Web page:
We have employed a systematic strategy in locating commercial buildings for tenants and buyers of all shapes and sizes.

We are engaged by the client through a one page exclusive engagement agreement which authorizes us to search but does not authorize us to bind the client to a lease or purchase. The client is not obligated to move or to pay us for our services. We seek compensation from the owner of the property and/or operate as a sub agent under a listing agreement with another broker if the property is listed. Our experience indicates that this strategy produces the "best" economic deal for the client and provides an efficient means of searching the market because we are your advocate.

We define the requirement, notify the market, qualify the submittals, tour the alternatives, request proposals, negotiate the economic points, work with counsel to negotiate and execute the lease agreement, oversee the tenant improvement construction and celebrate the move-in.

We have successfully employed this strategy recently with Western Air Limbach, KLS Doors, Drake Controls, Raymond Handling Solutions, Orkin, Direct List Technology, Advantage Adhesives, and many others. The steps we employ are detailed below.

Defining the Requirement


We team with Raymond Handling Solutions to help our client clearly define the requirement. Raymond’s services are free of charge and can be invaluable in evaluating warehouse, manufacturing, racking, operational flow, etc. An initial determination of the size of the location is deduced. Our starting point is that the relocation will require approximately "x" square feet of building square footage and approximately "x" amount of office square footage. If a significant change in the operation is considered…larger to smaller of smaller to larger, we believe it is imperative to insure that we are searching for the correct square footage and that the square footage considered will adequately house the operation. After the requirement is clearly defined, we prepare an outline of the requirement which provides the market notification discussed in the following section.
Notifying the Market


The requirement letter is converted into a “constant contact” email document and the email document is e-blasted to approximately 1500 Southern California brokers via our AIR mail database. We e-blast the requirement once a week for the first four weeks and then once a week for four weeks two months later. In this way we capture any new availabilities that surface after our search has begun. We couple the market notification with a deep search of all of the available multiple listing services; AIR, ILS, CoStar, Loopnet, Rofo, Smith Guide.

Qualifying the Submittals


The submittals are received and reviewed. The submittals are received from cooperating brokers who have a suitable alternative listed or are aware of an alternative that will soon be available. An example of this is the facility presently occupied today by the company. If the company relocates as anticipated, the building on that the company occupies will be available for lease or for sale. Brokers are aware of the these “unlisted” opportunities and will make us aware of such unlisted alternatives. Additionally, submittals are reviewed from the multiple listing services…both currently available and alternatives that become available during the search process. We will track ALL new properties that hit the market via the AIR and ILS Hot Sheet and through the Loopnet filters that we design. Probably the most important aspect of qualifying the submittals is to get a complete understanding of the ownership and the ownership’s motivation and financial capabilities. If a significant Tenant Improvements allowance is needed, we need to insure the ownership’s ability to provide the dollars necessary to construct the Tenant Improvements AND to support the underlying debt for the term of the lease. We will suggest that the ownership provide us with a Non Disturbance, Subordination and Attornment Agreement which will insure that the tenant's leasehold interests will be protected in the event of an ownership default on the underlying debt. We will preview all potential tour alternatives prior to the client touring.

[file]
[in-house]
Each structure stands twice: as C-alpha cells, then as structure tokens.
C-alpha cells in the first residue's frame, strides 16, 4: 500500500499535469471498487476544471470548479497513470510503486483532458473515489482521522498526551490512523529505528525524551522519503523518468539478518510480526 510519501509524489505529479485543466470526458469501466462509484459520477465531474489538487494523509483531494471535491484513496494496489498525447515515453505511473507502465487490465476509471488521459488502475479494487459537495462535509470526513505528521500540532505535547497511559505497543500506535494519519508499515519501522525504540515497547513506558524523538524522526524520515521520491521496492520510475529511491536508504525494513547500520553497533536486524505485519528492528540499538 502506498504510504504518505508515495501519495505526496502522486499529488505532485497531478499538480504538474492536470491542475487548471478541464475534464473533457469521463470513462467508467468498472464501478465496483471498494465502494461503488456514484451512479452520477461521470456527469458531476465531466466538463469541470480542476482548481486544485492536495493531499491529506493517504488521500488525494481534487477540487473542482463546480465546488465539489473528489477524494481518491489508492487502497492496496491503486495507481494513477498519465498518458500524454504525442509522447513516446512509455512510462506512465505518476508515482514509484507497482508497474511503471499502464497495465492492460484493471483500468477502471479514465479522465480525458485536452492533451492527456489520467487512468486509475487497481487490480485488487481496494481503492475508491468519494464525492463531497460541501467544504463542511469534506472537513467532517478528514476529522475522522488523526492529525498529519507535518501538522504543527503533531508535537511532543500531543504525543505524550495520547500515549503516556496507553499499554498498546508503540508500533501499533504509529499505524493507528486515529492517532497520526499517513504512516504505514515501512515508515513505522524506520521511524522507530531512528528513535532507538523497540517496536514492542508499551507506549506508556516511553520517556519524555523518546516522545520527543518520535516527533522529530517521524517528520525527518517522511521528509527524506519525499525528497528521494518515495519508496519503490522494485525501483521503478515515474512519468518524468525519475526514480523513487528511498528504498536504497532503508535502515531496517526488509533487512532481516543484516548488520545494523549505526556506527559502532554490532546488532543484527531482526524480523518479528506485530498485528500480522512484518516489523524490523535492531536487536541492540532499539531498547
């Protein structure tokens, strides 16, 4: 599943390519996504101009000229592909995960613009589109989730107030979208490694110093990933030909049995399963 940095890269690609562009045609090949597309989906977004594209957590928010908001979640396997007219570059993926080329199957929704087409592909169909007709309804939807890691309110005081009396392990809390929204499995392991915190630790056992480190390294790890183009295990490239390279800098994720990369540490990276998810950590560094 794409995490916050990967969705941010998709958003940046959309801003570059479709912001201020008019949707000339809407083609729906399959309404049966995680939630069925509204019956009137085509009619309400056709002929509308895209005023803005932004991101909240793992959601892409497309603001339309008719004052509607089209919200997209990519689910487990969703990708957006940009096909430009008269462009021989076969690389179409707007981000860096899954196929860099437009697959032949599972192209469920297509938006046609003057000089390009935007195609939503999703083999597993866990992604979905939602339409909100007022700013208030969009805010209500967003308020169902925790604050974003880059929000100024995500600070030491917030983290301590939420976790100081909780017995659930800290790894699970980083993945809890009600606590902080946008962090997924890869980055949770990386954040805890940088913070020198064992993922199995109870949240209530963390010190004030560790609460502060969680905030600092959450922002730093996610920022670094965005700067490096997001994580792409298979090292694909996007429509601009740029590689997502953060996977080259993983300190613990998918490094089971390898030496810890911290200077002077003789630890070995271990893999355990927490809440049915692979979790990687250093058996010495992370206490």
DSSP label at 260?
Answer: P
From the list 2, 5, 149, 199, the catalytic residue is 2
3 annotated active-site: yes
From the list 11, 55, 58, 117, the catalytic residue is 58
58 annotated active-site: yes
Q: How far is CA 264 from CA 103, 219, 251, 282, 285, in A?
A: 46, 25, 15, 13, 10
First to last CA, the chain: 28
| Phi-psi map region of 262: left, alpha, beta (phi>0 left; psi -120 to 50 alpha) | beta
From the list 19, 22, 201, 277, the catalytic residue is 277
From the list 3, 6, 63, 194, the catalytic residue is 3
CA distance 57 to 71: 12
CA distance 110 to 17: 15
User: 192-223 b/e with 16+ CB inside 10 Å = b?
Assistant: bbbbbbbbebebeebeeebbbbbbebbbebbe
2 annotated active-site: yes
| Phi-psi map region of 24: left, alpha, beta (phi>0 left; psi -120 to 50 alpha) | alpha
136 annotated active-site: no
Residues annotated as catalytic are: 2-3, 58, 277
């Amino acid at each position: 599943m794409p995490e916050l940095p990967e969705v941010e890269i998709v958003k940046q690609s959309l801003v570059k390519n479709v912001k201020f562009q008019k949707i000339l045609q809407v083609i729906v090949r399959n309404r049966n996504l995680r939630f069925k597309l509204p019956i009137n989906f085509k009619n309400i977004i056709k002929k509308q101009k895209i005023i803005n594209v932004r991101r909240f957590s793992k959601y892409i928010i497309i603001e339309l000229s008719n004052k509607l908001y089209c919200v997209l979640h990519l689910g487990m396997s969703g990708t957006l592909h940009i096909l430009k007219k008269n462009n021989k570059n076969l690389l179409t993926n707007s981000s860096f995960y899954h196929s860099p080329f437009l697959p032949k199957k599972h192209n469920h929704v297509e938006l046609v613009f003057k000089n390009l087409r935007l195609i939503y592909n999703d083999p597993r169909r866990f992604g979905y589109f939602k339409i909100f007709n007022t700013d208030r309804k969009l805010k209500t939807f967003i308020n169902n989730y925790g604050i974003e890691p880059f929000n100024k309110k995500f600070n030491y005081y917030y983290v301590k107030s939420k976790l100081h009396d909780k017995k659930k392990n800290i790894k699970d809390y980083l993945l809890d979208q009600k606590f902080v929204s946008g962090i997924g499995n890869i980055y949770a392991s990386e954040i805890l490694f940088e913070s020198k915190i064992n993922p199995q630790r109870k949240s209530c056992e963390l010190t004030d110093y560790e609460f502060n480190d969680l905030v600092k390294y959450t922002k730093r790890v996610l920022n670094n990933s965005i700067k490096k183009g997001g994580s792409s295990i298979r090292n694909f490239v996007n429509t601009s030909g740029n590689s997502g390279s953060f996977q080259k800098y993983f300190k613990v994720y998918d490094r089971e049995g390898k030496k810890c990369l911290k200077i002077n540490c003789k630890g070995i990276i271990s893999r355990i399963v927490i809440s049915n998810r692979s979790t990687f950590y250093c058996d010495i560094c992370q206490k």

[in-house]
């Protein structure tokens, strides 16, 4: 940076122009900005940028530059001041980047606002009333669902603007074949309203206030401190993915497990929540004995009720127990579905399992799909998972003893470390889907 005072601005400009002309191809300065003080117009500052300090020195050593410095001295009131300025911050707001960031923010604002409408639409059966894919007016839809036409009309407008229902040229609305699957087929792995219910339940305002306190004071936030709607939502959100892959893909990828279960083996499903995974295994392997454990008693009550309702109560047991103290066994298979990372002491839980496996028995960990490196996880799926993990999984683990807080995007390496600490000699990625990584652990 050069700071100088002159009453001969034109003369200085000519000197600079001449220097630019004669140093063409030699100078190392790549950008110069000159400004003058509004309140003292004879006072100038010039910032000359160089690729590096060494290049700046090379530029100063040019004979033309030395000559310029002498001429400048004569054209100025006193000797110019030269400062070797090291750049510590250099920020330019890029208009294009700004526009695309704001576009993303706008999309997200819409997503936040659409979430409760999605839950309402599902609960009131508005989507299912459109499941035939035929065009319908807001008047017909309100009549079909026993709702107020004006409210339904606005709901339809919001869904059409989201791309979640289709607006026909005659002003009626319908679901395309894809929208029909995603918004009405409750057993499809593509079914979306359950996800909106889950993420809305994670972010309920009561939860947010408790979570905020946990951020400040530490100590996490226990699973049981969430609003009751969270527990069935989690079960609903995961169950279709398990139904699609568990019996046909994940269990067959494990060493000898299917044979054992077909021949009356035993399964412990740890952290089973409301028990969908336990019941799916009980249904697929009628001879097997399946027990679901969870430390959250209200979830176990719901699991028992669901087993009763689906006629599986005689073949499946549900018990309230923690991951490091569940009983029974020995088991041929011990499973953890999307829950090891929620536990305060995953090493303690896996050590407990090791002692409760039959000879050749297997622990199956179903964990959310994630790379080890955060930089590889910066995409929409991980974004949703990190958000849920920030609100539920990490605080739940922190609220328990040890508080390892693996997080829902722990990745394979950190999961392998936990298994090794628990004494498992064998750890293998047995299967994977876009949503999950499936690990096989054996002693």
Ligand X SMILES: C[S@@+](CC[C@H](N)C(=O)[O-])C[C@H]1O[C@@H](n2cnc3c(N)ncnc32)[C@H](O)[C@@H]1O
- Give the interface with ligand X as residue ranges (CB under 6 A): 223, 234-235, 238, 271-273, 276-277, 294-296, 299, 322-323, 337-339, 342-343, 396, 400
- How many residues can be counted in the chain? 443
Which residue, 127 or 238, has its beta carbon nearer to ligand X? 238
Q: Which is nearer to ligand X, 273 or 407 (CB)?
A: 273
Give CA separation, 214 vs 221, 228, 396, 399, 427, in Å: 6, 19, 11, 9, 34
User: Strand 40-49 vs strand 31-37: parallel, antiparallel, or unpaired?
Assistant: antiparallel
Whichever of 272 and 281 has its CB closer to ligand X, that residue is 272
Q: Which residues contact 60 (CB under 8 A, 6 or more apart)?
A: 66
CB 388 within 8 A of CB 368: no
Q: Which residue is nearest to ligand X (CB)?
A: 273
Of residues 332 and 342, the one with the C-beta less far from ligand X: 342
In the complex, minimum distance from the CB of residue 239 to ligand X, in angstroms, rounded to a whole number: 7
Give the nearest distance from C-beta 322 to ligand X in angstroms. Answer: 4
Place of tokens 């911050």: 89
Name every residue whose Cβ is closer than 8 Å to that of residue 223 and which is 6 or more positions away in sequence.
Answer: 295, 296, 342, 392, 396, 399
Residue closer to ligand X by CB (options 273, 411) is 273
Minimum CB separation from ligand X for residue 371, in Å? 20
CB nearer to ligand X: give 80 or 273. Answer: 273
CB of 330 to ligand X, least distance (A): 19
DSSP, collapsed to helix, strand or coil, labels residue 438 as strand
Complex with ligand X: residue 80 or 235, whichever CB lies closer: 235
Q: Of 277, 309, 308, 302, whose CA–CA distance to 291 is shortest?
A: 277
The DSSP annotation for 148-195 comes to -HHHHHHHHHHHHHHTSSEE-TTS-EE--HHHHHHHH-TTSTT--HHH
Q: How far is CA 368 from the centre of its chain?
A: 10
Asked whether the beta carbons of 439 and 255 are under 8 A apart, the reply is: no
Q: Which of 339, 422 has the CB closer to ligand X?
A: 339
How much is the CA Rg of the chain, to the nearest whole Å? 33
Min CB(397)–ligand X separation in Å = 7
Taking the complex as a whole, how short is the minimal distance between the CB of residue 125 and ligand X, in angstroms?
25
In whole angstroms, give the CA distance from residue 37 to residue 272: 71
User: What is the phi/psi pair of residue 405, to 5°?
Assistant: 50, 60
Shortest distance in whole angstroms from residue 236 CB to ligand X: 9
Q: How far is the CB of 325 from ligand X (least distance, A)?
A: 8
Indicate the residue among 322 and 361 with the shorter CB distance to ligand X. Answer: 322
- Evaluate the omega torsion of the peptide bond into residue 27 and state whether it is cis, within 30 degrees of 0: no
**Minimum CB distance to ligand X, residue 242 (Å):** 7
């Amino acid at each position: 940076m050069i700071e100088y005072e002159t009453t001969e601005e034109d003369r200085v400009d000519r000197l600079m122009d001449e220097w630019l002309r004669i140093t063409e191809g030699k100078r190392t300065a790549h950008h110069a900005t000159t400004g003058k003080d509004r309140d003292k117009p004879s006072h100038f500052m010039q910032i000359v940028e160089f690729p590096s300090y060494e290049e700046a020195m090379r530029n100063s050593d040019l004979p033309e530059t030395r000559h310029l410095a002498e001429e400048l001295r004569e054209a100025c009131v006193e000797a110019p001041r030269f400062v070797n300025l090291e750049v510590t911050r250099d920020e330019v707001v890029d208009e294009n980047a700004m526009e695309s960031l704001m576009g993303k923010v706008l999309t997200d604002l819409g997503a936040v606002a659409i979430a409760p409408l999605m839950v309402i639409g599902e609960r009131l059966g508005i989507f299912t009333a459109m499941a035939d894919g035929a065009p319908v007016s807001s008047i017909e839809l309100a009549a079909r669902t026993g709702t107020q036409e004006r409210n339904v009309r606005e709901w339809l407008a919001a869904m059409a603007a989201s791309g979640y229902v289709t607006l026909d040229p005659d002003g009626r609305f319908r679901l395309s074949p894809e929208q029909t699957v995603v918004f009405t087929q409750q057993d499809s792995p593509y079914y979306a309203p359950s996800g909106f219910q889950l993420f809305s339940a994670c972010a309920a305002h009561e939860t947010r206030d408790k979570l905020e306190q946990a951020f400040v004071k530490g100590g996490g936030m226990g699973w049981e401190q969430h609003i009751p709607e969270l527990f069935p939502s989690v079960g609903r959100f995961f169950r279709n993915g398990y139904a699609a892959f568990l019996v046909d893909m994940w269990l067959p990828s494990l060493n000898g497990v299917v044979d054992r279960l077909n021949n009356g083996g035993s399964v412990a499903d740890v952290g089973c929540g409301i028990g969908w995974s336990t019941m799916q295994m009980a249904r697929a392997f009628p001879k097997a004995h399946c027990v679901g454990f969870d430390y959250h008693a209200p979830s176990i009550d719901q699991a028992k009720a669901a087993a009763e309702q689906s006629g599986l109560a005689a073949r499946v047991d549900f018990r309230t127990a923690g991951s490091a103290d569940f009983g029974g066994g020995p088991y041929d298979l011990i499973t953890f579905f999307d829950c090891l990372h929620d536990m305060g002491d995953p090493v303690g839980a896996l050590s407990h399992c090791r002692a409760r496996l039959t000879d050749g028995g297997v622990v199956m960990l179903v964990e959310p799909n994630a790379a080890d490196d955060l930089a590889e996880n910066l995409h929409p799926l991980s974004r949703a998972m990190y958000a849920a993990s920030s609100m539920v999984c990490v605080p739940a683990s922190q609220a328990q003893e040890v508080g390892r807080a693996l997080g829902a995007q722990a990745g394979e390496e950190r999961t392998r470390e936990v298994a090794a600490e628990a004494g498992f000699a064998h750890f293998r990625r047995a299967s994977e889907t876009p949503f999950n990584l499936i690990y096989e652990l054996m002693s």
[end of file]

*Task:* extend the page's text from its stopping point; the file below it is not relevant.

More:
Touring the Alternatives:


Once the submittals have been received and qualified, we will assemble a tour package with a summary, brochures on each property, floor plans of each property, and a locator map. All of the alternatives to be toured will have been previewed by the team and a tour route established which maximizes the tenant's time. The tour package will contain COMPLETE information on each alternative so that accurate consideration of each alternative can be made. We will involve our construction partner at this phase of the process. Prior to narrowing the alternatives, we make a determination as to the viability and expense of modifying and/or adding to the office layout. This includes a “test fit”, space plan and cost estimate.